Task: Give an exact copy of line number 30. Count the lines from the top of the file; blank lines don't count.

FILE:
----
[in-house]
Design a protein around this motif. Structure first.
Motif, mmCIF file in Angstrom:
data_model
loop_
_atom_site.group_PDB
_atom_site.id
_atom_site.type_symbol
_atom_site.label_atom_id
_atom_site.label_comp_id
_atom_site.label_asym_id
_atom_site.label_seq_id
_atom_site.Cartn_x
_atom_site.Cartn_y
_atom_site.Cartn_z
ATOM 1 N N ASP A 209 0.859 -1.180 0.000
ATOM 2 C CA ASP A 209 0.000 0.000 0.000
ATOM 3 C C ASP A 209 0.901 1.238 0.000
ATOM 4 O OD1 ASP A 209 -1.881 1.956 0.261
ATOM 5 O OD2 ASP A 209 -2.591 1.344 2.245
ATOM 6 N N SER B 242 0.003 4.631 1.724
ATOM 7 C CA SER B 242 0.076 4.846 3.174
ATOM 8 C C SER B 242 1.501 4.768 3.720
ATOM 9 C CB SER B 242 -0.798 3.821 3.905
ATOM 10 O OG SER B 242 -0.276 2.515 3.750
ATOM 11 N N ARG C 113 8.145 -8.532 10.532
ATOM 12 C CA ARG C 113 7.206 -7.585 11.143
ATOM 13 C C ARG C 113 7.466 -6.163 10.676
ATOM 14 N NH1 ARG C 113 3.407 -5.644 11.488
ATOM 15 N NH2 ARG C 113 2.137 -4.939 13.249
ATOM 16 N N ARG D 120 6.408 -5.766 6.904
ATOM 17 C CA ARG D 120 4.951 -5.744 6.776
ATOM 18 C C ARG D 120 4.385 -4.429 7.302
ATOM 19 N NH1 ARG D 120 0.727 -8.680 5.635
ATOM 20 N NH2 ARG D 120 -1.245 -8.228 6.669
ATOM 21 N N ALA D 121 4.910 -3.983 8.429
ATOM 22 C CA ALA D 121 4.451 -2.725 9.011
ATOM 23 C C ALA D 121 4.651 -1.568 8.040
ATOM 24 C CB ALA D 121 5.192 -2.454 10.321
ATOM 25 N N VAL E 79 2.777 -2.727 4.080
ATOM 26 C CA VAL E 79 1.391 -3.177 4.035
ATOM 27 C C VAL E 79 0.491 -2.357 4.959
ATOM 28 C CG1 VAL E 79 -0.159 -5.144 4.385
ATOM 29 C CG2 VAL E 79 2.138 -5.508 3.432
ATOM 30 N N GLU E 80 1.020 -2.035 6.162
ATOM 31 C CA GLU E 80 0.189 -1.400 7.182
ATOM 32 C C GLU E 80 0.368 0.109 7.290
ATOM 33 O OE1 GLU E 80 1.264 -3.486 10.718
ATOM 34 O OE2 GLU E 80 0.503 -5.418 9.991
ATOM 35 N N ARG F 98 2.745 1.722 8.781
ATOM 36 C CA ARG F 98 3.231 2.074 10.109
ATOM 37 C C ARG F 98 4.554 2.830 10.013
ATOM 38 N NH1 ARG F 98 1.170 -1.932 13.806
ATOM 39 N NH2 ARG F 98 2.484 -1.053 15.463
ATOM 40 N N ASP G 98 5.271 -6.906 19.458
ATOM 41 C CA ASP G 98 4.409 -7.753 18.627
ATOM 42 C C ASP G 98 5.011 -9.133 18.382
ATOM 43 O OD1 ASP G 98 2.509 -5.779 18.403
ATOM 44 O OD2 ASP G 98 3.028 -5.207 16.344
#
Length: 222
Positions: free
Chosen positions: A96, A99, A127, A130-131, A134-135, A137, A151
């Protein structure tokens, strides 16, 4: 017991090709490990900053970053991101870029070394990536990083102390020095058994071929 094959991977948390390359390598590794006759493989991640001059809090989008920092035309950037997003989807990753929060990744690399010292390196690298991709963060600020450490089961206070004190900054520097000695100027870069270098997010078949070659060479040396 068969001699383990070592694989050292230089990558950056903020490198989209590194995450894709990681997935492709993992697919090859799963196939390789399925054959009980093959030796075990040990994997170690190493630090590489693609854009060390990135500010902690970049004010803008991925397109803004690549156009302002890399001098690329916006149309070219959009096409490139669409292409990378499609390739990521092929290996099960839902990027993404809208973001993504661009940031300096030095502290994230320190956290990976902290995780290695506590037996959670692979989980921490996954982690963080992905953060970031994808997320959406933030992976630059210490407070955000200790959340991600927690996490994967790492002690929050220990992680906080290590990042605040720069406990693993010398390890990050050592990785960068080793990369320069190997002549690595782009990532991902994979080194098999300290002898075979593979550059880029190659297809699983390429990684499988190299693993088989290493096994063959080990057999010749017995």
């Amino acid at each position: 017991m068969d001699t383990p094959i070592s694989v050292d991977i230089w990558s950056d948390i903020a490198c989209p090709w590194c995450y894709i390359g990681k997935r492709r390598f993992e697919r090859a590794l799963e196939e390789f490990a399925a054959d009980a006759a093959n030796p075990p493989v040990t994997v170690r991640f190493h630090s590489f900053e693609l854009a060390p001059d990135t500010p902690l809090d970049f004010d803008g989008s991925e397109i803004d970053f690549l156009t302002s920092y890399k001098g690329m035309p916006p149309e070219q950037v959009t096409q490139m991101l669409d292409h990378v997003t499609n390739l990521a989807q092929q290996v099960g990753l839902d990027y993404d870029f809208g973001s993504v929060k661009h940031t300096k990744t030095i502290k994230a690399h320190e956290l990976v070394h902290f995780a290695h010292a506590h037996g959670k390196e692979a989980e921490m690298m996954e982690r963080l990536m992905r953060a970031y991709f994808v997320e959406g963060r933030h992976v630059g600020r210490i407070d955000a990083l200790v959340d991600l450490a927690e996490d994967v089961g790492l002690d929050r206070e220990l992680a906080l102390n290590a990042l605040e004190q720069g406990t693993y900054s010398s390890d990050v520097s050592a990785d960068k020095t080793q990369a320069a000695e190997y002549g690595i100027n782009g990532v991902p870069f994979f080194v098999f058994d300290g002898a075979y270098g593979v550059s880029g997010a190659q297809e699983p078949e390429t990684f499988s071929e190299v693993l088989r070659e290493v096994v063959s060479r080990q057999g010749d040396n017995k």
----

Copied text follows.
ATOM 15 N NH2 ARG C 113 2.137 -4.939 13.249